Don Cowie will discuss becoming Ross County boss after top-flight status secured

The home side ran out comfortable 4-0 winners.

Don Cowie is set to become permanent Ross County manager
Don Cowie is set to become permanent Ross County manager (Steve Welsh/PA)

Don Cowie will discuss becoming permanent Ross County boss with chairman Roy MacGregor after the Staggies secured cinch Premiership status with a 6-1 aggregate win over Raith Rovers at the Global Energy Stadium.

The home side had led 2-1 from the first leg of the play-off at Starks Park on Thursday night and a Simon Murray double and goals from Jordan White and substitute Brandon Khela saw the home side ran out comfortable 4-0 winners.

Cowie was assistant to Malky Mackay and then became interim manager in February 2024, following the departure of Derek Adams and after the play-off win over Rovers, MacGregor said: “Don was told before he got the job that it was his no matter what happened.”

Former Ross County, Hearts and Scotland player Cowie,” delighted” to retain cinch Premiership football, said: “What was said was that the chairman saw me as the person to take this club forward.

“We were aligned in not thinking that needed to be the focus, because we didn’t need any distractions.

“Our main focus was on keeping this club in the Premiership.

“You have to have a chat and see how things look. The chairman has shown a lot of belief in me, and he has stated that he sees me being the person to take the club forward.

“At any club you need to have a bigger conversation about how that looks going forward, and we’ll have that.

“I’ve said all along that I want to be a manager, and I felt I was ready three months ago.

“Since then that belief I have in myself has only strengthened, and this is a club I have a lot of affection for, so I don’t see any issues there.”

Macgregor said: “He knew when he took over it didn’t matter where we finished, it would be him.

“But I didn’t want the interruption of speaking to his agent and all that during an important time.

“I have known him for a long time, since he was nine years old, so to watch his journey, being a local boy, going away to play for Scotland then coming back to be the manager, it has been fabulous.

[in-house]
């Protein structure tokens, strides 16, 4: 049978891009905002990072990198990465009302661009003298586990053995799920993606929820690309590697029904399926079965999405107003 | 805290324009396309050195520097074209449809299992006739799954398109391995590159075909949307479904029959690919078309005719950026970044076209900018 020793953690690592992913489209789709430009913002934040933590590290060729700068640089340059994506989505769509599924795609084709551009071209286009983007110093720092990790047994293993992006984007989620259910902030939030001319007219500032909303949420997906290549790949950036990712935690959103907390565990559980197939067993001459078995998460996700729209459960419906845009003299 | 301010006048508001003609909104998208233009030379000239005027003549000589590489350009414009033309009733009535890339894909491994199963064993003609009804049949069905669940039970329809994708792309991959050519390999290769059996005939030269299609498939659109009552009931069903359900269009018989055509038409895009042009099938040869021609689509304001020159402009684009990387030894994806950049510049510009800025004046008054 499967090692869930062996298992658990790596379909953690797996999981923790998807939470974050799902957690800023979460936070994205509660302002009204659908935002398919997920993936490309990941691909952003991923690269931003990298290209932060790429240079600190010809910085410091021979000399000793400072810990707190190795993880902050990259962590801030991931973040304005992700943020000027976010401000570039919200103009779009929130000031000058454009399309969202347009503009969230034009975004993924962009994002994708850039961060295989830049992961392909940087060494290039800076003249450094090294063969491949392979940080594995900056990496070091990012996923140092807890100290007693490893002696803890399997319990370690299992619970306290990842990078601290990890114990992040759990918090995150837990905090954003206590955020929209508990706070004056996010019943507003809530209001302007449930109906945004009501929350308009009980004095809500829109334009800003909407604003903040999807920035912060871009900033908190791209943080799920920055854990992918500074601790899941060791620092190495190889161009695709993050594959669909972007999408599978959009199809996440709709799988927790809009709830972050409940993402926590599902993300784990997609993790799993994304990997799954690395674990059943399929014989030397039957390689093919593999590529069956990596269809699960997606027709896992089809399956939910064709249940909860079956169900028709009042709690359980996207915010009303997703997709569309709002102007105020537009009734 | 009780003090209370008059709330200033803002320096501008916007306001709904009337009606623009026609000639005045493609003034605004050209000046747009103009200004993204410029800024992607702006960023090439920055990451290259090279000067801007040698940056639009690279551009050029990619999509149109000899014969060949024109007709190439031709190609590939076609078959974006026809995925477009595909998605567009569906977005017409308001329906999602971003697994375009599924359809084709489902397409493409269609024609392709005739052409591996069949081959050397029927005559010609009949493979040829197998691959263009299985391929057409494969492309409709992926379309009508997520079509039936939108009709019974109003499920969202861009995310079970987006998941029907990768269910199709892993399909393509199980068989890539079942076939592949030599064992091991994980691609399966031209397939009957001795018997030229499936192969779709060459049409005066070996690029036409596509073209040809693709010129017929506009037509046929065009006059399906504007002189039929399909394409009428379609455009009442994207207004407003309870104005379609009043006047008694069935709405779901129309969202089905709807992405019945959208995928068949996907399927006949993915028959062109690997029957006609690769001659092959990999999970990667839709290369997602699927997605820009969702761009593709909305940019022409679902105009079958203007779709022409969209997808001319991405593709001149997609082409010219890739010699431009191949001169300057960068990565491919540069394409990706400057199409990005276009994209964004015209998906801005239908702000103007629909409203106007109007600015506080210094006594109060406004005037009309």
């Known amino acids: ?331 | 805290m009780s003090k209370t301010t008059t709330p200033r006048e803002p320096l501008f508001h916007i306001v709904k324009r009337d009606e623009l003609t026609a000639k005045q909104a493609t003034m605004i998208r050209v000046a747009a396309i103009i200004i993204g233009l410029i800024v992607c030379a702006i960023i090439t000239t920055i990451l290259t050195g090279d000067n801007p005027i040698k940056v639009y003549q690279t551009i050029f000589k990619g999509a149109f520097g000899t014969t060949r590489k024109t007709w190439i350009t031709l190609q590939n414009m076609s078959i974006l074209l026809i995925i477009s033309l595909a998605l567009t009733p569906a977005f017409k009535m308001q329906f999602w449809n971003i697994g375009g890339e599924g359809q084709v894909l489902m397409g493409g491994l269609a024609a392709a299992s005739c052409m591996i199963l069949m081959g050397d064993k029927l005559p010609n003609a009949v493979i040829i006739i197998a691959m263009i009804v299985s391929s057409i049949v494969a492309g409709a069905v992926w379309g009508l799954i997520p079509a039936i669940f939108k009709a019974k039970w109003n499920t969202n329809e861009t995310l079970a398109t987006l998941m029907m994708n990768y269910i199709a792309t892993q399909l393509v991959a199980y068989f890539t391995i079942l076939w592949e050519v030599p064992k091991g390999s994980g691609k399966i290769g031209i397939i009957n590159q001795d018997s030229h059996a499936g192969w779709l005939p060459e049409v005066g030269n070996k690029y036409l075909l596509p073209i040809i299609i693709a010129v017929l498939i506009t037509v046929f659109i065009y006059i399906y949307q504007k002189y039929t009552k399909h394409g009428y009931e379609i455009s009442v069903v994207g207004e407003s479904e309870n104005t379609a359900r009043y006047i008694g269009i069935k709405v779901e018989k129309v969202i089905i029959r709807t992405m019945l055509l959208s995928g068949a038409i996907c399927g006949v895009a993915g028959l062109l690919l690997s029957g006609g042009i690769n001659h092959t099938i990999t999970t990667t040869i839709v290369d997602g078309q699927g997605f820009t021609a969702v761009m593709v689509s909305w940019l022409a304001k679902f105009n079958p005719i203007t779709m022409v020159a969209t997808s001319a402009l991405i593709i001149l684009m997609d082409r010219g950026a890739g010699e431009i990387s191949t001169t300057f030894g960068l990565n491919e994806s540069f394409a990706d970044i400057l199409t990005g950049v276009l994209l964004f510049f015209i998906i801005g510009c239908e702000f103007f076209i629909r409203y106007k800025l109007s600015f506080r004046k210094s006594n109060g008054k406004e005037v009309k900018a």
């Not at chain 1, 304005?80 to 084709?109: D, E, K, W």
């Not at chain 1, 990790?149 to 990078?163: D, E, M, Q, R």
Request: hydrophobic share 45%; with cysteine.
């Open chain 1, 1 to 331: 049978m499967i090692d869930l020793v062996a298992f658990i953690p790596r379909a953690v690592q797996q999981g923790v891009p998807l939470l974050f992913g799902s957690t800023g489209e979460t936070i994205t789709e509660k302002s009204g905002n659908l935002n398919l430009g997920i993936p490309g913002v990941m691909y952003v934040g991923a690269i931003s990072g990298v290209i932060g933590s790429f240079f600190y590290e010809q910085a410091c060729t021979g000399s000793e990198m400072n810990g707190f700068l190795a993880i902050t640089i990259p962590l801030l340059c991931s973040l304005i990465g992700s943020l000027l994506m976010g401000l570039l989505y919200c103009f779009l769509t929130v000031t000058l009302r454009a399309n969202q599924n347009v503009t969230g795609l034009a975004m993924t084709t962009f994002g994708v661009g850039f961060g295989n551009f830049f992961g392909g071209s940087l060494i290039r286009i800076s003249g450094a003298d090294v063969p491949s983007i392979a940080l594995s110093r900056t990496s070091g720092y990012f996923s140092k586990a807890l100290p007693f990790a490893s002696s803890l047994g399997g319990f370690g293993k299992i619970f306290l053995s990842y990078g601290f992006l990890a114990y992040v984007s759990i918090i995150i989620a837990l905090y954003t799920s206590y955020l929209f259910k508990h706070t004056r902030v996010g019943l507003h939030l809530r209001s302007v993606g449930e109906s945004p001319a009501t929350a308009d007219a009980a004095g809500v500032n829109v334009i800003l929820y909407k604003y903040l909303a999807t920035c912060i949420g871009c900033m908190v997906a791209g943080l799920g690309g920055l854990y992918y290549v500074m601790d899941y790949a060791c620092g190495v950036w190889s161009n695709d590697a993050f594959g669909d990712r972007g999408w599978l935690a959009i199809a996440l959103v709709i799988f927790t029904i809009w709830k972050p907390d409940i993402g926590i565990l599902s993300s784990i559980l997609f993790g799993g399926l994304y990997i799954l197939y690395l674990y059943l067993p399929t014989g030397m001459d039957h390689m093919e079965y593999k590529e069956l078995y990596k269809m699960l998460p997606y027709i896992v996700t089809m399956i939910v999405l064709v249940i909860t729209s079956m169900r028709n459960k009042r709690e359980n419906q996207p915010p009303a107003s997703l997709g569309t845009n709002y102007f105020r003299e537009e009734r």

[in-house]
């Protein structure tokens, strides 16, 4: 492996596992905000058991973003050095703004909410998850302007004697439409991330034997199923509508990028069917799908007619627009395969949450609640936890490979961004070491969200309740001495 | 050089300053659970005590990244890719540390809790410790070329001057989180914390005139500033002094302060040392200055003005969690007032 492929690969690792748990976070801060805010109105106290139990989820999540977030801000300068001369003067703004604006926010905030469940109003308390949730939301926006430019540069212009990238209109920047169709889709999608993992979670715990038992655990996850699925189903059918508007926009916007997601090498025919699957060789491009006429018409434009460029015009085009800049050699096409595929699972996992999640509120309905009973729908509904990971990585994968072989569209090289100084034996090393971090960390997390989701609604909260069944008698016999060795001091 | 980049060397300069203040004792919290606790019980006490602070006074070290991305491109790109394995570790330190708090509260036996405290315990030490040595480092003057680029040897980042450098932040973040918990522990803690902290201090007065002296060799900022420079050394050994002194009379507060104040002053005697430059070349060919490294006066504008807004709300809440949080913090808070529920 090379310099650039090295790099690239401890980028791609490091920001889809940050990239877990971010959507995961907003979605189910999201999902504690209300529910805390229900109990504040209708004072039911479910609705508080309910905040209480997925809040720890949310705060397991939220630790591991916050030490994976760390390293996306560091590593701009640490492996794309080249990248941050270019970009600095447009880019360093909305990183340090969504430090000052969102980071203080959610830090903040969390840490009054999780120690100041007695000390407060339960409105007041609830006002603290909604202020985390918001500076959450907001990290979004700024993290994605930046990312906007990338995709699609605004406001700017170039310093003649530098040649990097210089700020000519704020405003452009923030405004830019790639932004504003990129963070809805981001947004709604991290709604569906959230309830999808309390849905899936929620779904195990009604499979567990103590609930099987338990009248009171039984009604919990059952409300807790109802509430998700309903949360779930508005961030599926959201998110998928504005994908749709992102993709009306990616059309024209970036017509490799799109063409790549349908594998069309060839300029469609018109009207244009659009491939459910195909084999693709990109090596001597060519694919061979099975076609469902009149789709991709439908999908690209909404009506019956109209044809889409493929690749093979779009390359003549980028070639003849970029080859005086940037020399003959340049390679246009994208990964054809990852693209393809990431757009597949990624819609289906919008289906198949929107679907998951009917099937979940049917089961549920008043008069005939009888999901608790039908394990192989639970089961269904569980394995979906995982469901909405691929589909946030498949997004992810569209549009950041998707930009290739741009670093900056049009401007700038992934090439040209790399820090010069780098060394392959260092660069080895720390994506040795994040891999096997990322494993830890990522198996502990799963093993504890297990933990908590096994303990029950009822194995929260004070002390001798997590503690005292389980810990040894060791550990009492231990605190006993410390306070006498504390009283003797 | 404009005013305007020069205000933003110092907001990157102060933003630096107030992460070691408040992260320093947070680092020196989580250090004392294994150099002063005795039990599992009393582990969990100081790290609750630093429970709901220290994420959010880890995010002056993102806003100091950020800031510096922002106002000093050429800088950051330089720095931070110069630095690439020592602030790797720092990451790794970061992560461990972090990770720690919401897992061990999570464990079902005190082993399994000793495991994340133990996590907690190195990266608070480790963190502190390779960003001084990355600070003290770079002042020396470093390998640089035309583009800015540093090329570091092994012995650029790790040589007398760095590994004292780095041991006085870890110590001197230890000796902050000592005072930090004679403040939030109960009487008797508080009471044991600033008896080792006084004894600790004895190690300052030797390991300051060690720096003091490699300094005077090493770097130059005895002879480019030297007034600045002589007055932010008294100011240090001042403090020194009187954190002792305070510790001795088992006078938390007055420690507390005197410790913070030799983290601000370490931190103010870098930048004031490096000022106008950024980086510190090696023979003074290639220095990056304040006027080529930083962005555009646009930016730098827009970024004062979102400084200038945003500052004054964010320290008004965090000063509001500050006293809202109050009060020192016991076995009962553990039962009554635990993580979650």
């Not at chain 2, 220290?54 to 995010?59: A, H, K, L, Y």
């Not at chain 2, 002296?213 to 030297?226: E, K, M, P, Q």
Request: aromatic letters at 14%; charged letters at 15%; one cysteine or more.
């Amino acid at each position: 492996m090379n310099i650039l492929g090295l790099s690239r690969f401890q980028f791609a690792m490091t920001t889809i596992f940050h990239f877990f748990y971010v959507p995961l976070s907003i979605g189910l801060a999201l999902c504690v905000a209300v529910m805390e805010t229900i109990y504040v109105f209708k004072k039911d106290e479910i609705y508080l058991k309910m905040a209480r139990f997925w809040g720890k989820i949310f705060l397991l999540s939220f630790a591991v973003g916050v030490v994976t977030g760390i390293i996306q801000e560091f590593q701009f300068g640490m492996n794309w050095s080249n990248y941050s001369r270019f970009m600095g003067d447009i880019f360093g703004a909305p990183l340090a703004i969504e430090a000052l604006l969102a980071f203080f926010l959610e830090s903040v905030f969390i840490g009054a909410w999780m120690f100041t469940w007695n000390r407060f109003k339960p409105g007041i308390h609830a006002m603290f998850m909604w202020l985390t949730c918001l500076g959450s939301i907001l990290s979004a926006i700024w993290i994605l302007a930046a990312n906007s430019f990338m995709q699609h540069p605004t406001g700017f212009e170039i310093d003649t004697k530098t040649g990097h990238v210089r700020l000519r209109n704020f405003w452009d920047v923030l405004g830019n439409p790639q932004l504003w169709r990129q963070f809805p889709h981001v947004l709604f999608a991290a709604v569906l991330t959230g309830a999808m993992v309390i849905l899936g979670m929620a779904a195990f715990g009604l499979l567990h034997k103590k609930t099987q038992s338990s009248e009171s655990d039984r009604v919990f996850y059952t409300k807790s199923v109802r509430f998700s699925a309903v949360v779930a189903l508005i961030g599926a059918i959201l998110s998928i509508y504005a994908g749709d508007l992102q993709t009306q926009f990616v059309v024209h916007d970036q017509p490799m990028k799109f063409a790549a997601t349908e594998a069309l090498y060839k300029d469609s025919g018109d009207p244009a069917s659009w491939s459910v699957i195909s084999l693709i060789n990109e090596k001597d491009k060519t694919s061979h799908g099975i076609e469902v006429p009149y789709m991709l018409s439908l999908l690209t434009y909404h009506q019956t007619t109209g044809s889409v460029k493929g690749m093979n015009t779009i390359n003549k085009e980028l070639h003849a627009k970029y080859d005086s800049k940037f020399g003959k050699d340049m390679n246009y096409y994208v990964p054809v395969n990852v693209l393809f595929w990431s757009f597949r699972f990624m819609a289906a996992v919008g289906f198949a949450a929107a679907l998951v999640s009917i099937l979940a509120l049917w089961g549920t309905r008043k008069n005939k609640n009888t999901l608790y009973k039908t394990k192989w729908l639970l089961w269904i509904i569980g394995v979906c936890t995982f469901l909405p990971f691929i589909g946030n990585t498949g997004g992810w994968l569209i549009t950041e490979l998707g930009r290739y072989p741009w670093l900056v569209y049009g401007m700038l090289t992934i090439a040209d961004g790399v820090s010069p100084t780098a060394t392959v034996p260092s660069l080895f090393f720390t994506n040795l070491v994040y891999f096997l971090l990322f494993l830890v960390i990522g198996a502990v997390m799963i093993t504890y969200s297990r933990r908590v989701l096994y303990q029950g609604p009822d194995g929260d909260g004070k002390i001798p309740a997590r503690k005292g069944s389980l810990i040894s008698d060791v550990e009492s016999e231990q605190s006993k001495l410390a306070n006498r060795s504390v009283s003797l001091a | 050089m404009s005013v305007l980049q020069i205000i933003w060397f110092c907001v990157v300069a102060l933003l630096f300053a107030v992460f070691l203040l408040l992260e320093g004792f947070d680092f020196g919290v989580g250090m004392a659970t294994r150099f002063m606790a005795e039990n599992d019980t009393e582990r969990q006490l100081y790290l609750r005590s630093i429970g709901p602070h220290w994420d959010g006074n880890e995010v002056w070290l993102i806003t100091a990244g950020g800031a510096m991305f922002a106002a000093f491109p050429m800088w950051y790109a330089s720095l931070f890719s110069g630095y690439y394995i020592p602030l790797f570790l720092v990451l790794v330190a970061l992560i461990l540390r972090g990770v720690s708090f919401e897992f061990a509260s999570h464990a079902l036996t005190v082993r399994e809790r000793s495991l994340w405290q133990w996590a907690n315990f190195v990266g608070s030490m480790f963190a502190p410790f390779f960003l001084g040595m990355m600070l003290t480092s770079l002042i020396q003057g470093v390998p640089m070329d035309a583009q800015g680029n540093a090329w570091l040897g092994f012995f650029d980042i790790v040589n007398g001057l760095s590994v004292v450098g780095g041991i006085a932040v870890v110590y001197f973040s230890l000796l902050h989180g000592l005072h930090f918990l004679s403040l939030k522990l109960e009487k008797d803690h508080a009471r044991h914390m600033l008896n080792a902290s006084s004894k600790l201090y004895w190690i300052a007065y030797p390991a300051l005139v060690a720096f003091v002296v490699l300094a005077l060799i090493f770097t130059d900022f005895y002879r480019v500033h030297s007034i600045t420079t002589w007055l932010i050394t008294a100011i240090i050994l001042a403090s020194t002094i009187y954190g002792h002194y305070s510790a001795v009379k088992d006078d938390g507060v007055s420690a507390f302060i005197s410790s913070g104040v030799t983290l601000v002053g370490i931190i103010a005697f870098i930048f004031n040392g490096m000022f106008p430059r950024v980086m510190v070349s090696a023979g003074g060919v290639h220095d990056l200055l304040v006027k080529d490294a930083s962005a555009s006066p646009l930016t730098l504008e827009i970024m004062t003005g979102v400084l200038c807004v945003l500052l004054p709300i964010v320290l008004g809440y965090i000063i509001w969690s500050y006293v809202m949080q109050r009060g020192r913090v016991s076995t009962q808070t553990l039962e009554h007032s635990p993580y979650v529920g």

“It has been traumatic off the park and if it has been like that off the park it will be difficult on it.

“The manager did so well to galvanise things and get the place going again.

“It was difficult for him, I made a mistake because he wanted the job when Malky left but I didn’t think it was fair to put him into that at the time.

“It was a mistake. So I am delighted for him.

“He has a bond with the players, him being a local boy has been important for Ross County.”

Rovers boss Ian Murray had no complaints about the defeat and admitted his Championship side had come up against a team that was “quicker, stronger, faster” as he vowed to go again next season.

He said: “You have to give credit to Ross County because they punished us.

“They were clinical, their goals were good strikes and they put you to the sword if you give them opportunities. And that’s the bottom end of the Premiership.

“There is always a physicality aspect of it, especially one-v-one situations.

“Our guys are in good shape but we’re playing against quicker, stronger, faster athletes and it’s not what you’re used to.

“In one-off games you can get away with it sometimes but over two games home and away it shows.

“We want to be at that level one day so it shows how far we have to go.”